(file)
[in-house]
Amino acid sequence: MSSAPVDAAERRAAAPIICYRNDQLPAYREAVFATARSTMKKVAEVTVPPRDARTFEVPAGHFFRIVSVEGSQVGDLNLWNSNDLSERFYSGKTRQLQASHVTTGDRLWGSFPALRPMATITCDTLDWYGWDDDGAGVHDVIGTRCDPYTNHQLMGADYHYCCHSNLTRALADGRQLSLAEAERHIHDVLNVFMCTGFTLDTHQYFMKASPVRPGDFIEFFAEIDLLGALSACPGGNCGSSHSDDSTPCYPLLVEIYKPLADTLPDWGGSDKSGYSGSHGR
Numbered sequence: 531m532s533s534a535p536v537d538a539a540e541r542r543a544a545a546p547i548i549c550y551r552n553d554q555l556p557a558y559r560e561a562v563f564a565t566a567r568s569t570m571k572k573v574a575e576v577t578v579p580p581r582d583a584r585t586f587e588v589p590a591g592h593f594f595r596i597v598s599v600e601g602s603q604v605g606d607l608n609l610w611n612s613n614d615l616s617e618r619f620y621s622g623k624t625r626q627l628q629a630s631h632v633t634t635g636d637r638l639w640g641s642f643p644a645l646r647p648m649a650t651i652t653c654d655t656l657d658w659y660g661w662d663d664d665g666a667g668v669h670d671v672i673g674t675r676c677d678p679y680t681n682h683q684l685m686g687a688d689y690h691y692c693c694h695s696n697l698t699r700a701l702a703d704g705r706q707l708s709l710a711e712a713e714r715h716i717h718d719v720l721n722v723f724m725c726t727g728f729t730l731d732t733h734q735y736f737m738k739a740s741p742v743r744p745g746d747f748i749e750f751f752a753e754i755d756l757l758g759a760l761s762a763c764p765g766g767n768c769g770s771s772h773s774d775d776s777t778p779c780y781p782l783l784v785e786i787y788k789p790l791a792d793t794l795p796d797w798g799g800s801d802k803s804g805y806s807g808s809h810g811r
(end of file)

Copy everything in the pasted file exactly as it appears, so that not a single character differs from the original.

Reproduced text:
[in-house]
Amino acid sequence: MSSAPVDAAERRAAAPIICYRNDQLPAYREAVFATARSTMKKVAEVTVPPRDARTFEVPAGHFFRIVSVEGSQVGDLNLWNSNDLSERFYSGKTRQLQASHVTTGDRLWGSFPALRPMATITCDTLDWYGWDDDGAGVHDVIGTRCDPYTNHQLMGADYHYCCHSNLTRALADGRQLSLAEAERHIHDVLNVFMCTGFTLDTHQYFMKASPVRPGDFIEFFAEIDLLGALSACPGGNCGSSHSDDSTPCYPLLVEIYKPLADTLPDWGGSDKSGYSGSHGR
Numbered sequence: 531m532s533s534a535p536v537d538a539a540e541r542r543a544a545a546p547i548i549c550y551r552n553d554q555l556p557a558y559r560e561a562v563f564a565t566a567r568s569t570m571k572k573v574a575e576v577t578v579p580p581r582d583a584r585t586f587e588v589p590a591g592h593f594f595r596i597v598s599v600e601g602s603q604v605g606d607l608n609l610w611n612s613n614d615l616s617e618r619f620y621s622g623k624t625r626q627l628q629a630s631h632v633t634t635g636d637r638l639w640g641s642f643p644a645l646r647p648m649a650t651i652t653c654d655t656l657d658w659y660g661w662d663d664d665g666a667g668v669h670d671v672i673g674t675r676c677d678p679y680t681n682h683q684l685m686g687a688d689y690h691y692c693c694h695s696n697l698t699r700a701l702a703d704g705r706q707l708s709l710a711e712a713e714r715h716i717h718d719v720l721n722v723f724m725c726t727g728f729t730l731d732t733h734q735y736f737m738k739a740s741p742v743r744p745g746d747f748i749e750f751f752a753e754i755d756l757l758g759a760l761s762a763c764p765g766g767n768c769g770s771s772h773s774d775d776s777t778p779c780y781p782l783l784v785e786i787y788k789p790l791a792d793t794l795p796d797w798g799g800s801d802k803s804g805y806s807g808s809h810g811r